“The essence of ultimate decision remains impenetrable to the observer – often, indeed, to the decider himself.”—John F. Kennedy.
At the end of a retreat, in my “Practise in Daily Life” talk, I give a long list of examples of things we can investigate in daily life. One of these is to investigate the process of decision making; to see if we can see what happens, and who decides.
With most of the other examples I usually see slowly nodding heads or smiles of recognition and acknowledgement as I suggest something people are already familiar with. But, when it comes to the challenge “who decides?”, invariably the response is a blank stare. I haven’t asked anyone about this, but I get the feeling that people are thinking “Did he really just say ‘who decides?’ … doesn’t he know?” But, if you’ve ever been present for a “decision”, you’ll know that this is a good challenge!
One of the key premises of the Buddha’s teachings is that we are deluded, believing that we are, or have, a permanent, essential Self. We feel that we are the agents of our lives, that we are free to act, and that such actions are by choice - that we can choose. So, an essential aspect of our Self view is that we choose. We cling to this. Powerfully. Our identity is deeply attached to our ability to choose and has been since we were children. Teenagers rebel against their parent’s authority, fighting for their right to decide for themselves. Coming of age is essentially a matter of gaining the right to decide for ourselves.
Given all of this, seeing how the process of choosing unfolds can be quite a surprise and because of what we see, can be quite insightful. That’s why I recommend it as a practise in daily life.
So, what can we do to watch how decisions are made? Obviously, the first thing we need is mindfulness. We have to be present for our minds. So, next time you’re meditating, when the bell goes, just ask yourself “do I want to get up now?”, and watch carefully for the “answer”. Indeed, you don’t even have to wait, you can do it now. Ask yourself a similar question and look for the decision. What happens?
If you look closely, you’ll see that before you’ve even finished asking yourself the question, the mind has presented the answer. You already know what you want! Okay, ask yourself the opposite question, the one you know you don’t want. See that feeling? That feeling of “don’t want!” Quite emphatic, isn’t it. So where was the “agency” in that? Try it again. Keep trying. Every time you’ll find that the answer, the “choice”, is already made. The mind has already “decided”, and “you” are being told. We see that “choosing” is happening, but that we are not the chooser.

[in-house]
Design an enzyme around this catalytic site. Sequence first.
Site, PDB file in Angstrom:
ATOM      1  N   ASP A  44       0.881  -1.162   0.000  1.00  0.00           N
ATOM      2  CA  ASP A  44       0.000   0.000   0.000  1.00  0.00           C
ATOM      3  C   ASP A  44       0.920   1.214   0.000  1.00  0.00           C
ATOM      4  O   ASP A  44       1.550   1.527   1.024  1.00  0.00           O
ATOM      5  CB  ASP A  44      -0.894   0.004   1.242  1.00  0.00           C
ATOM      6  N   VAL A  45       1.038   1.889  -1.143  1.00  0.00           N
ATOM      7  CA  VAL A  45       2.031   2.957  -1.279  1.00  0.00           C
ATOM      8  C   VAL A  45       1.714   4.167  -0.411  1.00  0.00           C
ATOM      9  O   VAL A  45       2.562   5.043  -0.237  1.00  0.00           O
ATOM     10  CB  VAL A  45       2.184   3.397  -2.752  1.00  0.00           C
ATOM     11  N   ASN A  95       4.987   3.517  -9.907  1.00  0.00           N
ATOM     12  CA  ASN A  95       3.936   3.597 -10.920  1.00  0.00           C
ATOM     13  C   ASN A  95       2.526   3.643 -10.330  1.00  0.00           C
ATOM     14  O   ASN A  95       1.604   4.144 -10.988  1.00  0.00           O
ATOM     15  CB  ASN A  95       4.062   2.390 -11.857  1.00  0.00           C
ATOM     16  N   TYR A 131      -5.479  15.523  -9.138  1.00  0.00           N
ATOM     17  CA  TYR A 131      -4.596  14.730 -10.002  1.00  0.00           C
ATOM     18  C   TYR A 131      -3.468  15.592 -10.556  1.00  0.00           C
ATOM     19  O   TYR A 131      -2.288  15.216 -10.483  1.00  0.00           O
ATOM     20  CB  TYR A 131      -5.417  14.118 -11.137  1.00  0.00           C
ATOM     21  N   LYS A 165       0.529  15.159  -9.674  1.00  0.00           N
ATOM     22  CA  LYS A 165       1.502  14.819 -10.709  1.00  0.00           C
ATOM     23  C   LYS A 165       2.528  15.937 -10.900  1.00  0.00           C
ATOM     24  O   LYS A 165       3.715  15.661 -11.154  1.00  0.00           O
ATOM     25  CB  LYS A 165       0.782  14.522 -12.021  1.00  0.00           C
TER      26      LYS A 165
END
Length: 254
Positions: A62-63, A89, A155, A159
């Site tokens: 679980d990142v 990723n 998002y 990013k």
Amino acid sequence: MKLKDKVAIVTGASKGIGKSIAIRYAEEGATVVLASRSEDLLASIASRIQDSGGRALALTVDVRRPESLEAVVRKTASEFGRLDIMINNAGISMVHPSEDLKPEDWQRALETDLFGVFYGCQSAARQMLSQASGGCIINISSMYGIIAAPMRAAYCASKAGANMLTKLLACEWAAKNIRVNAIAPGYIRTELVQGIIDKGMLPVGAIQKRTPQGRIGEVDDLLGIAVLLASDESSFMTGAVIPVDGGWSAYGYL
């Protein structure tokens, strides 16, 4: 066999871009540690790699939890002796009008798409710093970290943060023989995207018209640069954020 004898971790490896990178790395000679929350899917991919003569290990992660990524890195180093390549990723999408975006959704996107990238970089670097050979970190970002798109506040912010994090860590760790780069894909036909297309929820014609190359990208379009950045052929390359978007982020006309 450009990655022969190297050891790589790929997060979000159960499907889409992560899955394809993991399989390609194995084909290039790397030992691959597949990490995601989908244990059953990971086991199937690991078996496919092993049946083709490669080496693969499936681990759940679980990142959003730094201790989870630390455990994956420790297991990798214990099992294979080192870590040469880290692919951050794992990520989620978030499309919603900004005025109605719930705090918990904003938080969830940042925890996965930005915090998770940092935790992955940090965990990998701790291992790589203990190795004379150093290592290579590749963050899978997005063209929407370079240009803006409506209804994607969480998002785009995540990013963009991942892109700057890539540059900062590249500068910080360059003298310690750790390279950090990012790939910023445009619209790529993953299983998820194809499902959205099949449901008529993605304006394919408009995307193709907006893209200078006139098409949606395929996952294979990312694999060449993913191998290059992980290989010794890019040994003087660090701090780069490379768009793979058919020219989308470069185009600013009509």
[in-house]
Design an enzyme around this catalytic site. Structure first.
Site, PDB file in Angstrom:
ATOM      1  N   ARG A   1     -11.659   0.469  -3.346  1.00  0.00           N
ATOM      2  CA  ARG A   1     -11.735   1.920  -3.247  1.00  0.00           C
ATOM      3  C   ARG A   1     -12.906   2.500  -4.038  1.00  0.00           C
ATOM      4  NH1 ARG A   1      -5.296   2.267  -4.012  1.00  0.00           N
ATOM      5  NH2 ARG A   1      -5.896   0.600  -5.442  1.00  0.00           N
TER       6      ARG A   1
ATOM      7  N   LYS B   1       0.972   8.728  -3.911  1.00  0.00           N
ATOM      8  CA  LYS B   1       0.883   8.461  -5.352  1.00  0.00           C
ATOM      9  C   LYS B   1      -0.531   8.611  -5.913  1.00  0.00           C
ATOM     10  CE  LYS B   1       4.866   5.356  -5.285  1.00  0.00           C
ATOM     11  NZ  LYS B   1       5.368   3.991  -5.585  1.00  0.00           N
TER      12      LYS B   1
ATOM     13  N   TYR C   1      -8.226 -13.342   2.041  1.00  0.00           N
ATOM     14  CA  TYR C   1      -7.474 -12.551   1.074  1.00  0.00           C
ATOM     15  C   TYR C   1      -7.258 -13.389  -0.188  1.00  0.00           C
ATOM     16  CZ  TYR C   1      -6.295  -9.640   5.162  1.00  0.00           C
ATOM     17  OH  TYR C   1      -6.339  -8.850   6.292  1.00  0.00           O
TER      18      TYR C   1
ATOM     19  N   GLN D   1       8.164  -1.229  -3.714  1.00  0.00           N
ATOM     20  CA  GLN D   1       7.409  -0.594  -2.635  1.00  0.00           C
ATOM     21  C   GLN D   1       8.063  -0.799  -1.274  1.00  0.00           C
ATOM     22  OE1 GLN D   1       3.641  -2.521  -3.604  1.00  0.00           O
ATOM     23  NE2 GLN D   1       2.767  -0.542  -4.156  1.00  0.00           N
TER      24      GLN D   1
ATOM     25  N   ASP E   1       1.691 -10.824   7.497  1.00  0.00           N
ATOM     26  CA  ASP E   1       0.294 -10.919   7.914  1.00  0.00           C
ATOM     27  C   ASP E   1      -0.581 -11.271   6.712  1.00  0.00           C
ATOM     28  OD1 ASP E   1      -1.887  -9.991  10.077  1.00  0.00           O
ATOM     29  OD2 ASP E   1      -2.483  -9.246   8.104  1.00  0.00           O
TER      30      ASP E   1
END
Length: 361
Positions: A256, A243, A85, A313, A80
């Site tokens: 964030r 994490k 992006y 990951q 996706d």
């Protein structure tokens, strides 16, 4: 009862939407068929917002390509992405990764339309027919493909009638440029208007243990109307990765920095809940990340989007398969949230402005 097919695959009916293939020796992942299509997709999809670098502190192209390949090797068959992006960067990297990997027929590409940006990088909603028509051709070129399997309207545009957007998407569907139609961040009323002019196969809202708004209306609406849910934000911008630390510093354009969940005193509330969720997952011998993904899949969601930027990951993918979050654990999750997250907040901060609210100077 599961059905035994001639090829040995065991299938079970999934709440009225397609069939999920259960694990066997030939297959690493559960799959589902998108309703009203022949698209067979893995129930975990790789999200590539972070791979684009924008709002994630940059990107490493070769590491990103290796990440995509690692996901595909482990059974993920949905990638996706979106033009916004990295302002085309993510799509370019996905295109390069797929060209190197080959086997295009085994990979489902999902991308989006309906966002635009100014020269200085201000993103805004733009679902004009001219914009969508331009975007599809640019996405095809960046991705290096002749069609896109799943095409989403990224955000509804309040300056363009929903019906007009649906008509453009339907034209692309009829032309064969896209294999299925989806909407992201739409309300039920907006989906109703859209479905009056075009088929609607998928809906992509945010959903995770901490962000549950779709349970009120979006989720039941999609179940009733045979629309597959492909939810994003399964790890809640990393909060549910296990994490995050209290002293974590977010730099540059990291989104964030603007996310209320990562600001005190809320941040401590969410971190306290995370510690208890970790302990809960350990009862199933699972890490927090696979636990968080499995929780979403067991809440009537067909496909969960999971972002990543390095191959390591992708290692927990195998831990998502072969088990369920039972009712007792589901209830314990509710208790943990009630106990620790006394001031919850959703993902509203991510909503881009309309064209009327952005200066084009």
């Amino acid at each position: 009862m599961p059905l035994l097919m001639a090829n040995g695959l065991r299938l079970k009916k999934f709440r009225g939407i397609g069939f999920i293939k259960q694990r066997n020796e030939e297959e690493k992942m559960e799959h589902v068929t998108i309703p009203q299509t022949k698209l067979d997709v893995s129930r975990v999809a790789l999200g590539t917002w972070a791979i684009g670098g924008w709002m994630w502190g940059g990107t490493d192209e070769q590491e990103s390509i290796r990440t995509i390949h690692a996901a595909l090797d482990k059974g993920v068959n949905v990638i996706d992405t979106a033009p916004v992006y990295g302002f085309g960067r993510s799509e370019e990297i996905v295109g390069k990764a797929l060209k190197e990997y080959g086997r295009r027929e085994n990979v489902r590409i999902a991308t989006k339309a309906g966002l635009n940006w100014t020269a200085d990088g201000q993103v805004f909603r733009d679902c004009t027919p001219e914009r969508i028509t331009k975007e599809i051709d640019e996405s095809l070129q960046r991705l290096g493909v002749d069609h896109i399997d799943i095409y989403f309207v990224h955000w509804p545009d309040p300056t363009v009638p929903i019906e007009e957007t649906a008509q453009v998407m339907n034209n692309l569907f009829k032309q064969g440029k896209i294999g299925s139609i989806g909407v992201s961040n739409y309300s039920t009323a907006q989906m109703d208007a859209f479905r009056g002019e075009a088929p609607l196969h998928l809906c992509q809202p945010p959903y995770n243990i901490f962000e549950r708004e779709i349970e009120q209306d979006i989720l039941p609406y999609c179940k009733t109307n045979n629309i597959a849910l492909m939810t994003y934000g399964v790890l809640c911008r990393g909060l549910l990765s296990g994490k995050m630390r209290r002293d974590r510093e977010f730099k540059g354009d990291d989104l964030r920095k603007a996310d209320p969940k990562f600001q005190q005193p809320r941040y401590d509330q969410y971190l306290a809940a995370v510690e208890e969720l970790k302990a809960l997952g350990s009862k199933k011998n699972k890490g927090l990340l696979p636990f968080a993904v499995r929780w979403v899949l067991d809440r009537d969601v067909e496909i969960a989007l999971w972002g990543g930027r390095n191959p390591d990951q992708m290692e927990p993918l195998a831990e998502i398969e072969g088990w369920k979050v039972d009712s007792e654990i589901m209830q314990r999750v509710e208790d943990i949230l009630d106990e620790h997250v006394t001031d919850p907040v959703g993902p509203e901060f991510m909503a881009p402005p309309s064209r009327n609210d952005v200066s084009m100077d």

However, none of this should be seen as a denial of our personal responsibility. The Buddha was quite clear that this wasn’t the case. We are responsible for our actions, including our decisions. He saw that the will (cetanā) was conditioned, but that it was also conditioned by concomitant mental factors, thus things in the mind at the time of a willed action, like the preferences of a choice, influence the action. That is, we can, and do, choose!
So, this suggestion to watch “who decides?” is actually an exercise in working with not-Self (anattā). Just as we see through meditation that thoughts think themselves, that itches just itch, that sights are simply seen, we also see that, ultimately, decisions are decided with no input from our Self.
In my favourite sutta, the , the Buddha tells Bāhiya to train himself so that “In reference to the seen, there will only be the seen. In reference to the heard, only the heard. In reference to the sensed, only the sensed. In reference to the cognized, only the cognized.” And then, “When for you there will be only the seen in reference to the seen, only the heard in reference to the heard, only the sensed in reference to the sensed, only the cognized in reference to the cognized, then, Bāhiya, there is no you in connection with that. When there is no you in connection with that, there is no you there. When there is no you there, you are neither here nor yonder nor between the two. This, just this, is the end of [suffering].”
In choosing, there is only the choosing.